The pressure appears to be rising for the SADC and AU to intervene. The AU has only so far said Zimbabwe must respect the rule of law in its last communique regarding Zimbabwe. It may be too early to say if other African nations will condemn the Zimbabwean government on the deteriorating human rights situation. Evidently, Zimbabwe is heading towards being a failed state if the situation remains unresolved. The responsibility also falls on all Zimbabweans to speak out and continue using social media hashtags or any means of peaceful protest at their disposal as much as they can. An army and police force that will not carry out orders that infringe on citizens’ rights, as well as an independent judiciary, will see more Zimbabweans have the confidence in expressing themselves without fear of persecution. The #ZimbabweanLivesMatter is making people bolder in expressing their discontent in protest through critical comments on social media. Similarly to what happened in Sudan, it was the unity of the citizens who pressed for Al Bashir to be removed from power and face trial. Similarly in Malawi, it was the citizens and the army refusing to order to use force to quell demonstrations and an independent judiciary that democracy finally came after 26 years of corrupt leadership.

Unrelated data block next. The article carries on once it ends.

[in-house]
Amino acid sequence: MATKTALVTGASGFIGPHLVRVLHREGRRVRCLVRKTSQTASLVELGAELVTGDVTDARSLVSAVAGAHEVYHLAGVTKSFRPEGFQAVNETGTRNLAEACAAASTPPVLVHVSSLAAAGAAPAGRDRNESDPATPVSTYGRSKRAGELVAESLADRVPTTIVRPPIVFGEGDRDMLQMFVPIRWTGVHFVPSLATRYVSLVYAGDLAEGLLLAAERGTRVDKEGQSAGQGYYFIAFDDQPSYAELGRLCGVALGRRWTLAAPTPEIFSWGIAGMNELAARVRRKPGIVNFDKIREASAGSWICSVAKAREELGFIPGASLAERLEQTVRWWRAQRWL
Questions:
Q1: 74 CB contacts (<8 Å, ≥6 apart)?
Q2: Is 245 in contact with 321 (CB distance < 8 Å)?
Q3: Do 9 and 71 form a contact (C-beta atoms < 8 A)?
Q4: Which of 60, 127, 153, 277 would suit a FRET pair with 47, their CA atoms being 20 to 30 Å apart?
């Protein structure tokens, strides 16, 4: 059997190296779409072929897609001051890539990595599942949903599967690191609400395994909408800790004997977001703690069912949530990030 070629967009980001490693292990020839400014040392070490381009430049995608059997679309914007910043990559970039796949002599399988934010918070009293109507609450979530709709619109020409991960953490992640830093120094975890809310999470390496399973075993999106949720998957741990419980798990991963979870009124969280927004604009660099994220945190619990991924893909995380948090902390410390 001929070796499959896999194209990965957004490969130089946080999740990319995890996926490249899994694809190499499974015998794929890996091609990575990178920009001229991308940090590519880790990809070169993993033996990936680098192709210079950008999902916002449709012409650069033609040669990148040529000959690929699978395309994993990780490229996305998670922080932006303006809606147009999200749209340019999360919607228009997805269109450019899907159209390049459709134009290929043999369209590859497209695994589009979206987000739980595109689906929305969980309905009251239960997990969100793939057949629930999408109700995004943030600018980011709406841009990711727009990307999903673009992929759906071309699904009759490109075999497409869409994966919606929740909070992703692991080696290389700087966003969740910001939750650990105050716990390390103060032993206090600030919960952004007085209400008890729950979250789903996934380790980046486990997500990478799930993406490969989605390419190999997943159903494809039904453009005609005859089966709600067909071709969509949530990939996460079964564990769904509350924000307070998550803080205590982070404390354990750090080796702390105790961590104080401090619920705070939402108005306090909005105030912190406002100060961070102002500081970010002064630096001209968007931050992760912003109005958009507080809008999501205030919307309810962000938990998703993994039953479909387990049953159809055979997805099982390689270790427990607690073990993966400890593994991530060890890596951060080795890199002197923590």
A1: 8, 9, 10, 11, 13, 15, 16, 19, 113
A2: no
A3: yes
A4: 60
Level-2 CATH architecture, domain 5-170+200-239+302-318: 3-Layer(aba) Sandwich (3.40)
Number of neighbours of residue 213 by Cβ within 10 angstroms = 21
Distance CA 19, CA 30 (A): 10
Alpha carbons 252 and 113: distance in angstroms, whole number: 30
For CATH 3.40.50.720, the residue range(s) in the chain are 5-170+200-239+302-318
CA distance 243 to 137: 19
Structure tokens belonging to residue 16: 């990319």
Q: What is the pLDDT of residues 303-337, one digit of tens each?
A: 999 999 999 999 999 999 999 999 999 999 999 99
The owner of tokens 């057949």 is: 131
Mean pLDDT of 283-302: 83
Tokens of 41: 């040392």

Constitution of Zimbabwe
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Further Reading on E-International Relations